Shoe designer Gianvito Rossi on how he keeps Hong Kong women one step ahead
Marking 10 years as a leading label and with a new boutique in Central, the Italian designer renowned for minimalist shapes says he’s not an artist but a frame maker focused on elegant accessories
Italian shoe designer Gianvito Rossi might know how to draw a crowd, but he takes nothing for granted.
His newly expanded boutique in Hong Kong’s Central shopping district was packed last month for an event to celebrate its relocation and Rossi was happy his Plexi pumps and latest Cocktail collection were delighting the hordes. But he remembers advice his design legend father Sergio gave him.
“He taught me that you can always do better. The idea is not very relaxing but it’s the truth. My work is never finished – you constantly need to evolve and listen to improve your work,” Rossi says. “That is what drives me as a designer.”
Designed to commemorate the brand’s 10th anniversary, the limited edition Cocktail collection features a range of fun styles inspired by classic cocktails, including a bootie spelling out the word cocktail in neon crystals and decorated with an encrusted twist of lemon. Also Instagram-worthy is the Portofino, a sleek satin strap sandal featuring a crystal cherry on the front.
Admittedly, Rossi had a head start on many of his counterparts when he launched his footwear label in 2006. He grew up in San Mauro Pascoli, Italy’s famed shoe district. Most of his childhood was spent at the family’s shoe factory, which he refers to as his “playground”, learning the business. Pursuing a career in shoemaking was “second nature” to him, although his famous family name was would later turn out to be a double-edged sword.
“True, you have a bigger opportunity than any new designer, what with the attention and a chance to show your product to a lot of people. At the same time the expectation is not one you would expect for young designer – the bar is set much higher. It took a while for me to really make this business work, especially since we started when the economy wasn’t very good,” he says.
A post shared by Gianvito Rossi (@gianvitorossi) on Mar 30, 2017 at 3:27am PDT
One advantage Rossi had was in-depth knowledge of the industry. Having worked in the family business since the age of 16, he saw footwear evolve from the elegant and ultra-feminine designs of Maud Frizon in the 1980s to the trend-based “high fashion” styles of ready-to-wear brands in the 1990s (his family made shoes for the likes of Versace).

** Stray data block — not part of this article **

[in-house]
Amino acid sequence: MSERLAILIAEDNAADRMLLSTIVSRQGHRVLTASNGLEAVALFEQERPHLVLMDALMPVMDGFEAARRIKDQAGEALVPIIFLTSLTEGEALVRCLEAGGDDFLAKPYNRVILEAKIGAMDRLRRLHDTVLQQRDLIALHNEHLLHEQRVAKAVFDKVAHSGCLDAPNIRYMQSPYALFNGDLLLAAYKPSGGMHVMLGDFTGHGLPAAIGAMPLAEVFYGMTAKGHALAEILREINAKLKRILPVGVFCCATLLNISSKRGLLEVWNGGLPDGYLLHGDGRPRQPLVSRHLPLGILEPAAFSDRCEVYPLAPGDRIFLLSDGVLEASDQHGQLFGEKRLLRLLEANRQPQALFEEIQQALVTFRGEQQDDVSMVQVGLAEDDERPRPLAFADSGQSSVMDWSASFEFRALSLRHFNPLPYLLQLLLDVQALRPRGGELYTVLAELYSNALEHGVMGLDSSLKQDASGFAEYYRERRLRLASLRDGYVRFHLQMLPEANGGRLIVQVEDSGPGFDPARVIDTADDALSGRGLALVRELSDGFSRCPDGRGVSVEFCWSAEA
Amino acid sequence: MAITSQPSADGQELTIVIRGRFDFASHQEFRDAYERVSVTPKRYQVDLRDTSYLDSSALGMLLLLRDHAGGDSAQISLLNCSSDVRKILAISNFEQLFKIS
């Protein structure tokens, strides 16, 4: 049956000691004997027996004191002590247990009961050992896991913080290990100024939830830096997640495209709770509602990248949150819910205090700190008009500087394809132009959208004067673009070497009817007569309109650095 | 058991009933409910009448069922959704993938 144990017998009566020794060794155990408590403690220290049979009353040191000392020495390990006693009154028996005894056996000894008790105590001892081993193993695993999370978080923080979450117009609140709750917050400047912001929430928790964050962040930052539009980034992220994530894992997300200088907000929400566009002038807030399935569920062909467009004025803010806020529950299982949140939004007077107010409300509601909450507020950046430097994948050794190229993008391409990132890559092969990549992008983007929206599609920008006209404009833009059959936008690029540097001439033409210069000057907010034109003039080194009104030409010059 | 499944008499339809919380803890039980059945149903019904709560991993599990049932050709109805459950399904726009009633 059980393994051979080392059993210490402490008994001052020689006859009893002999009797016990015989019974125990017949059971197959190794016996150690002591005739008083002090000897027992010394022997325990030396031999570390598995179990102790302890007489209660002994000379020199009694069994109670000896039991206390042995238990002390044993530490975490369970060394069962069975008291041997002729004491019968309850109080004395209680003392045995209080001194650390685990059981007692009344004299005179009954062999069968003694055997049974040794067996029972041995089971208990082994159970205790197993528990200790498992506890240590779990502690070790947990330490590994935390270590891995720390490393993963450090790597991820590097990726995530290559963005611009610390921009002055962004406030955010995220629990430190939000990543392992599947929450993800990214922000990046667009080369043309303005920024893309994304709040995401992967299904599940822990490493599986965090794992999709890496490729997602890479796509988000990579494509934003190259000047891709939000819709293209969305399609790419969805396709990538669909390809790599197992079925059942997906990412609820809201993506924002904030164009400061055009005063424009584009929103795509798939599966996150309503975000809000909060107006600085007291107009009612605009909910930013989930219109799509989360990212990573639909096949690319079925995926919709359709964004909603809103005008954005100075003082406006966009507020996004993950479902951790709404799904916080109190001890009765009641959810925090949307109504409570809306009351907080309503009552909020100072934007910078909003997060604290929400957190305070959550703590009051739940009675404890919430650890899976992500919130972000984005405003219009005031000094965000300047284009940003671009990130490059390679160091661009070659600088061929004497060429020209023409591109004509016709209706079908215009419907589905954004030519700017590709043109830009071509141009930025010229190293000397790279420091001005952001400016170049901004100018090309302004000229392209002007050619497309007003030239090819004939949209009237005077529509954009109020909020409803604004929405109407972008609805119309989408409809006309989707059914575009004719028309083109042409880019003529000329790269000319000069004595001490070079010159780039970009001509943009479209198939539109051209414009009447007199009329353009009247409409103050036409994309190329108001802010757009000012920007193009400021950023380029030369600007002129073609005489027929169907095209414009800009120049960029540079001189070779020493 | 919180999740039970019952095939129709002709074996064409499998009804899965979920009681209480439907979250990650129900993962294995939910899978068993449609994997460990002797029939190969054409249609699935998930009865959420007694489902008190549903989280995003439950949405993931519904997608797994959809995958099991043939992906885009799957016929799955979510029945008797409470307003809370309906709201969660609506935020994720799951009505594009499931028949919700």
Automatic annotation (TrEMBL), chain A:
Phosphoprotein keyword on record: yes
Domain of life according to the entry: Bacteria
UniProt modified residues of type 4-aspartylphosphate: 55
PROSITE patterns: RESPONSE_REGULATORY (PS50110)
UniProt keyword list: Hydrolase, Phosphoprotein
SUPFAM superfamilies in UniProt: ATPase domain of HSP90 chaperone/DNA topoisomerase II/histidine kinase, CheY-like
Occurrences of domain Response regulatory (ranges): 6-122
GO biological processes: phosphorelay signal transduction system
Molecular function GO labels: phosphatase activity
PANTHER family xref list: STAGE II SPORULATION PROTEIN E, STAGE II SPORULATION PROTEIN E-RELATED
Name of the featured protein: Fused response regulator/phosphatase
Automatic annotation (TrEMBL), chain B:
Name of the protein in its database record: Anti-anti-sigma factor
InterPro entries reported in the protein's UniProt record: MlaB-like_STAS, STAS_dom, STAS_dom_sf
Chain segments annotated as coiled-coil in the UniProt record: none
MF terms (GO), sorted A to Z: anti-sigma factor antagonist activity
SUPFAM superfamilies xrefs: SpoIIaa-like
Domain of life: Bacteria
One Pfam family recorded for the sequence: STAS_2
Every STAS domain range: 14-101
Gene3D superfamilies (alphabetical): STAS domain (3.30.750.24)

Rossi was clear about his direction.
“I wanted to go back to this idea of femininity and elegance, of creating shoes in relation to the woman, versus the trend or what the market requires. I wasn’t interested in platforms and statement styles. I wanted to fuse classic and timeless elements with modernity,” he says.
While his peers make headlines with over-decorated sky-high heels, Rossi embraces simplicity. His initial designs, many of which continue to be best-sellers, include the perfectly engineered pointy-toe pump which he has updated with materials such as PVC or carbon fibre.
“The silhouette for me is everything. For every shoe I design, the ultimate goal is to make the woman look nicer. The shoe itself is not enough. Designers today have a super ego and want to show off what they can do and often the shoe ends up over designed. I like to see a woman walking and people to be charmed by her not the object herself. A shoe is an accessory – it shouldn’t be more than that, I’m not an artist, I am a frame maker,” he says.
Also at the heart of Rossi’s brand is craftsmanship.
“A shoe can go through 60 to 200 processes – you can do stitching in three steps or 14. In the end you barely see the difference. I’m lucky because I still have my father who advises me, especially with construction and fitting. Quality is a matter of great experience. I’m proud to be Italian and do everything in Italy, but that isn’t a guarantee of quality. Your reputation depends on what you give to client, it’s not about where it is made,” he says.
Construction aside, his designs are also eye-catching. Although shapes are minimalist, he injects graphic elements that differentiate them season after season and is a favourite of style icons such as Emma Watson, Gwyneth Paltrow and muse Carine Roitfeld.
“Designing footwear today is different to the past where everything was based on what the market wanted. Now it’s about what you design and what you propose. For me it’s about evolving every season while adding some flavour. I also don’t care for fashion trends of the moment, although I’ve been playing with athleisure which is here to stay as part of our lifestyle,” he says.
For spring-summer 2017 he has also brought back satin in a range of bold colours on unexpected shapes such as booties and sandals that can switch from day to night. He also offers a made-to-order service in his boutique.
“Women today are no longer obliged to have a single look. Individuality is king and that’s the freedom any shoe designer loves to explore,” he says.